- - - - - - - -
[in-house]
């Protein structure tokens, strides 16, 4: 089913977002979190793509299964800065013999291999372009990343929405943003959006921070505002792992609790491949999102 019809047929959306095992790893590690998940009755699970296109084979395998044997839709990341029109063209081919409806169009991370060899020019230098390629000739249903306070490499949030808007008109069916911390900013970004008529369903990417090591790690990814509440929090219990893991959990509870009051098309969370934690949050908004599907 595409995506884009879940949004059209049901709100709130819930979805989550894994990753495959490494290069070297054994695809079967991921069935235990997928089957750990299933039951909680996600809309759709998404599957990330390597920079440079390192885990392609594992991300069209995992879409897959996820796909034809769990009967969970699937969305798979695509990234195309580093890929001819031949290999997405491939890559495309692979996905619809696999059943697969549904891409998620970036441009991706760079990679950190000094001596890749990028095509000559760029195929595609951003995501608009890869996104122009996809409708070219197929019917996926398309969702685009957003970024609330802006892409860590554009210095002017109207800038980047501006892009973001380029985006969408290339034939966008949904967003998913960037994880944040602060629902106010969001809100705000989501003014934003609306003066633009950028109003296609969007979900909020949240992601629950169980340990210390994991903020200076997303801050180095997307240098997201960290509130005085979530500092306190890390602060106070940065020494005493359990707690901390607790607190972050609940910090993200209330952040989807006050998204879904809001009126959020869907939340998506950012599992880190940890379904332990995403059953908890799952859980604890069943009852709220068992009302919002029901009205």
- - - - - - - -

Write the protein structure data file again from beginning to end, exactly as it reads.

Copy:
[in-house]
């Protein structure tokens, strides 16, 4: 089913977002979190793509299964800065013999291999372009990343929405943003959006921070505002792992609790491949999102 019809047929959306095992790893590690998940009755699970296109084979395998044997839709990341029109063209081919409806169009991370060899020019230098390629000739249903306070490499949030808007008109069916911390900013970004008529369903990417090591790690990814509440929090219990893991959990509870009051098309969370934690949050908004599907 595409995506884009879940949004059209049901709100709130819930979805989550894994990753495959490494290069070297054994695809079967991921069935235990997928089957750990299933039951909680996600809309759709998404599957990330390597920079440079390192885990392609594992991300069209995992879409897959996820796909034809769990009967969970699937969305798979695509990234195309580093890929001819031949290999997405491939890559495309692979996905619809696999059943697969549904891409998620970036441009991706760079990679950190000094001596890749990028095509000559760029195929595609951003995501608009890869996104122009996809409708070219197929019917996926398309969702685009957003970024609330802006892409860590554009210095002017109207800038980047501006892009973001380029985006969408290339034939966008949904967003998913960037994880944040602060629902106010969001809100705000989501003014934003609306003066633009950028109003296609969007979900909020949240992601629950169980340990210390994991903020200076997303801050180095997307240098997201960290509130005085979530500092306190890390602060106070940065020494005493359990707690901390607790607190972050609940910090993200209330952040989807006050998204879904809001009126959020869907939340998506950012599992880190940890379904332990995403059953908890799952859980604890069943009852709220068992009302919002029901009205």